This page is now archived. Please visit for the new website and update your bookmarks

The Professional Institute of the Public Service of Canada > News & Events > Communications Magazine > Vol. 36, No. 2, Spring 2010 > Contracting out...the Real Picture! - Vol. 36, No. 2, Spring 2010
Decrease Text Size Increase Text Size

Contracting out...the Real Picture!

CS Group

Shown in this picture are the members of the CS Group who are preparing to resume collective bargaining. Contracting out is an important issue which will need to be brought to the table in the next round.

The Conservative Government has engaged in a sweeping series of public service privatization and outsourcing exercises. While the government purports to re-establish a balanced budget, it spent $8 billion dollars for professional and special services in support of program delivery in 2009. This amount represents one-quarter of the total operating budget for salaries and benefits.

Risks with outsourcing

  • Loss of internal expertise
  • Loss of control over activities
  • Long-term dependence on consultants
  • Cost overruns
  • Decline in quality of services

The level of information technology (IT) outsourcing in the federal public service is particularly alarming. The value of contracts signed for IT outsourcing has risen dramatically from $250 million a year in 2005-06 up 93% to $482 million only three years later.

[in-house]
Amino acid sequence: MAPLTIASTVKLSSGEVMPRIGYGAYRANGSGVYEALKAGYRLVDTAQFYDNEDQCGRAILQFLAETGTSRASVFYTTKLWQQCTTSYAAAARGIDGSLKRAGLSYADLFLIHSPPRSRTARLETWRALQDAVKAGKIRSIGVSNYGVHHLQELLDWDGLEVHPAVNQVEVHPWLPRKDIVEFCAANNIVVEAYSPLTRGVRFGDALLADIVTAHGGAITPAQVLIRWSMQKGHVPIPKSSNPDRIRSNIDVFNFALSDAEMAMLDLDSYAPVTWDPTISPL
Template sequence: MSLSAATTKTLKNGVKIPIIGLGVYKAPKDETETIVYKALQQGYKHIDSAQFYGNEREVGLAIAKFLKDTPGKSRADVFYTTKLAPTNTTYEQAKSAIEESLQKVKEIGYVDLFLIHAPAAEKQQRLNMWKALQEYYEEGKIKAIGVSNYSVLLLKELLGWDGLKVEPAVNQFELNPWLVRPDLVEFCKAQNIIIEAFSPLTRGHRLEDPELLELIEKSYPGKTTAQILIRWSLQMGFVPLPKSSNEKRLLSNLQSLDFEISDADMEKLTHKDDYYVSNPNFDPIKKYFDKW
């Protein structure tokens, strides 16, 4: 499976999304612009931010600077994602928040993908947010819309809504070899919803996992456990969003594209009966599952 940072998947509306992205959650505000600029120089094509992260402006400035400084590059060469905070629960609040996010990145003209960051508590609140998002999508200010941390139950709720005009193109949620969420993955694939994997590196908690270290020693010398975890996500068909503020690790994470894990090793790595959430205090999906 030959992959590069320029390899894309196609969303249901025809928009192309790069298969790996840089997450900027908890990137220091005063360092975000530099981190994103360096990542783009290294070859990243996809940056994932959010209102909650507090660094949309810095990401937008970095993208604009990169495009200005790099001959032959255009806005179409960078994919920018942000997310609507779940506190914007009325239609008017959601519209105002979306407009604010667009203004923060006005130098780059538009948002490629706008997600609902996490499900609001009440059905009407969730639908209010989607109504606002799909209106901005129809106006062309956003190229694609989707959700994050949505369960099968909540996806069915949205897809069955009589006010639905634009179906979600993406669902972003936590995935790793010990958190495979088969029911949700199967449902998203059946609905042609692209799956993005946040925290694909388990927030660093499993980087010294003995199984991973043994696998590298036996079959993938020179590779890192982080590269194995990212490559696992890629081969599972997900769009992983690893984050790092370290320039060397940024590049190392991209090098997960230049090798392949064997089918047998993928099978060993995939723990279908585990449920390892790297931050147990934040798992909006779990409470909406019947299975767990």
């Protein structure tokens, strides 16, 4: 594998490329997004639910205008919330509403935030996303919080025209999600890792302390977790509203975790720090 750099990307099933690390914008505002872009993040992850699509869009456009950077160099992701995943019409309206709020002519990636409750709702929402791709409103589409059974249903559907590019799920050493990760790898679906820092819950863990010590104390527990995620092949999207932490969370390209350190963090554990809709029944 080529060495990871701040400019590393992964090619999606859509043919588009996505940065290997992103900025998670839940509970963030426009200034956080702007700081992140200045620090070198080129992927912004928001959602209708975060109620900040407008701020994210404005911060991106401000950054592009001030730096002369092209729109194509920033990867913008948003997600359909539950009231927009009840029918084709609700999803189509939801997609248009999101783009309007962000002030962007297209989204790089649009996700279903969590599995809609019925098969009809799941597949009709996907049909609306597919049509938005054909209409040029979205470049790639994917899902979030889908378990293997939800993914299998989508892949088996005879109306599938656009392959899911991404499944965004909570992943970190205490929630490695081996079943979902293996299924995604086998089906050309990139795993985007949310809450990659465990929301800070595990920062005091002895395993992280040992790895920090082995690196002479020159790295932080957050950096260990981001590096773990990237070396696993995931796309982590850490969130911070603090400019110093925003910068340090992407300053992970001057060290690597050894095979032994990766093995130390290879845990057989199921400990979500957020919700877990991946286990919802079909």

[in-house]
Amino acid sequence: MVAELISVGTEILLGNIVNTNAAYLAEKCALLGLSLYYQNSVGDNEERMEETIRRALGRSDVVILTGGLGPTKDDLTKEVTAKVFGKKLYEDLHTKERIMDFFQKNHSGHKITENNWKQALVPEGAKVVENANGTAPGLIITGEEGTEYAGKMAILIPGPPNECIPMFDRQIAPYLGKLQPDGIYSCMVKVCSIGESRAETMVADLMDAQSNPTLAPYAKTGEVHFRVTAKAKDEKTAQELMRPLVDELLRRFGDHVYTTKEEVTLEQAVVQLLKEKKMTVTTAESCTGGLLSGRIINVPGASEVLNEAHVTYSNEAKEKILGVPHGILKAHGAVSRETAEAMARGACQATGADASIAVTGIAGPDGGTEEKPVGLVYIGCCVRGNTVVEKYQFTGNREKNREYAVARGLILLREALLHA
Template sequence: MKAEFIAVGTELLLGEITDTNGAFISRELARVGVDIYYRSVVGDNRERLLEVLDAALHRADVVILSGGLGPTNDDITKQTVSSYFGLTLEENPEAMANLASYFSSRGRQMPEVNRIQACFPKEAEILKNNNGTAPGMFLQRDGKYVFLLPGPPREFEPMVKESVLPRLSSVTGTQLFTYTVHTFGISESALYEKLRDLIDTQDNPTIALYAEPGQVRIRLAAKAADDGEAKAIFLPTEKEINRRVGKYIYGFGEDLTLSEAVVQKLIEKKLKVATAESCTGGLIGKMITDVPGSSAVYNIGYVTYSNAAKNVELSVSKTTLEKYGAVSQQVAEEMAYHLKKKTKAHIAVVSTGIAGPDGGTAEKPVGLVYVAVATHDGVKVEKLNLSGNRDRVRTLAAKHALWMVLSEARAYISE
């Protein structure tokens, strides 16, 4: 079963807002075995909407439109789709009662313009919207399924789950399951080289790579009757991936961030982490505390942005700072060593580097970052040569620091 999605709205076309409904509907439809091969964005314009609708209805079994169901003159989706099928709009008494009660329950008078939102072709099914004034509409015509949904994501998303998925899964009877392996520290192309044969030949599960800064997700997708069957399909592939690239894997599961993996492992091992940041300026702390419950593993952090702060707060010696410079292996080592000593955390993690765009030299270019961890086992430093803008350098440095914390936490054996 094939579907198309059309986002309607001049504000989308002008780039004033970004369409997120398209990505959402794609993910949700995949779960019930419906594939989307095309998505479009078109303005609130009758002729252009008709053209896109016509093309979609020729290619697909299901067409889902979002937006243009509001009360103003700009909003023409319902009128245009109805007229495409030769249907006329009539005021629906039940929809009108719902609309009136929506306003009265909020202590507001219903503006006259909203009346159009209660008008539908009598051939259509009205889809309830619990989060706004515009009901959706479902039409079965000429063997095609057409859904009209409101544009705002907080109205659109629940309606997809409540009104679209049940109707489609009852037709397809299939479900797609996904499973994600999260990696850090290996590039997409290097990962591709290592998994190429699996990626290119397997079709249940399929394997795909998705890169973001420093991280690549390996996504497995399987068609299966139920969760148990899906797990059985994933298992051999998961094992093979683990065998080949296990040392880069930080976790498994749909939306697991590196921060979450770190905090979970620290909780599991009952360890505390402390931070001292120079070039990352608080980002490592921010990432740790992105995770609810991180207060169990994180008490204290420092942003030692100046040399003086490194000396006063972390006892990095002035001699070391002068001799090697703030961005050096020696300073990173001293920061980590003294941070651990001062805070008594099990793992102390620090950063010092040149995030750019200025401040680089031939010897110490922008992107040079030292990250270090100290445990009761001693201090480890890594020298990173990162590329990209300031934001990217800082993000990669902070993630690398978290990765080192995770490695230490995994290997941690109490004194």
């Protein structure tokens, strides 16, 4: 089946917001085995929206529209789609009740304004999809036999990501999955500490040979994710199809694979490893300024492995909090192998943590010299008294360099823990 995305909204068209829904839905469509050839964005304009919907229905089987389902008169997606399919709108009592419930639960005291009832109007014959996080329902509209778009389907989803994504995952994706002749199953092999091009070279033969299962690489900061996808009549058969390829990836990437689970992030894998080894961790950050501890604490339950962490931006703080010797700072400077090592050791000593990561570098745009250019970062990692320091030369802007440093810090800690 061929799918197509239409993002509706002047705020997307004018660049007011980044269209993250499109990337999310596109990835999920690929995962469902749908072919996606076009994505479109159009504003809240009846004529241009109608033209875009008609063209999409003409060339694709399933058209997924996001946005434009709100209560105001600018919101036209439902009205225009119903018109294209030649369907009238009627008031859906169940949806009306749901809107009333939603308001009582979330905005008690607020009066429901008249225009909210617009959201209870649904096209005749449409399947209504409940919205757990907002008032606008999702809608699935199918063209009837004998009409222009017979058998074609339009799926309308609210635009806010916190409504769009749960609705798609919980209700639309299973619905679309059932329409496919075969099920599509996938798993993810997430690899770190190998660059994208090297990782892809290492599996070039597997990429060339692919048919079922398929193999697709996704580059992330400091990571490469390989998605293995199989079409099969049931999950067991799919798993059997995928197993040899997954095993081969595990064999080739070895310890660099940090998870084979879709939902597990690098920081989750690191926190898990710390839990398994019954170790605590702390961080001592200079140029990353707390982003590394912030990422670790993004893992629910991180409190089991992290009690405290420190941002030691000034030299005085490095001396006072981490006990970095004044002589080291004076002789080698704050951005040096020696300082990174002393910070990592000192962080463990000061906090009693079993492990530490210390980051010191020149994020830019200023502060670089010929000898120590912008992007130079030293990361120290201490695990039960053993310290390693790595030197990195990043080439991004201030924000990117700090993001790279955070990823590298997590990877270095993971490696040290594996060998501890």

Issues with outsourcing

There are numerous issues created by awarding IT contracts to the private sector. One problem is the loss of internal expertise. Under the cover of outsourcing, the government is funding the development of the private sector’s expertise to the detriment of its own internal capacity. The Auditor General has already pointed out that one of the risks of dependency upon contractors is the substantial loss of institutional memory.

“With government having several very old and complex systems and contractors who have worked on them for many years, the only people who may actually really know how those systems work are the contractors. You can create, I think, an undue reliance and, in fact, at times be held hostage by professionals in that regard, so it's important to establish what is an appropriate level of contracting.”

Another issue is the circumvention of the government’s legislative obligations with respect to official languages, employment equity and fair hiring practices based on merit, and their contractual obligations to provide fair salaries, benefits and pensions.

It is well known that staffing in the public service is a lengthy, time-consuming and complex process. The House of Commons Standing Committee on Public Accounts noted how the lack of sustainable departmental funding lengthens the hiring process: [TRANSLATION]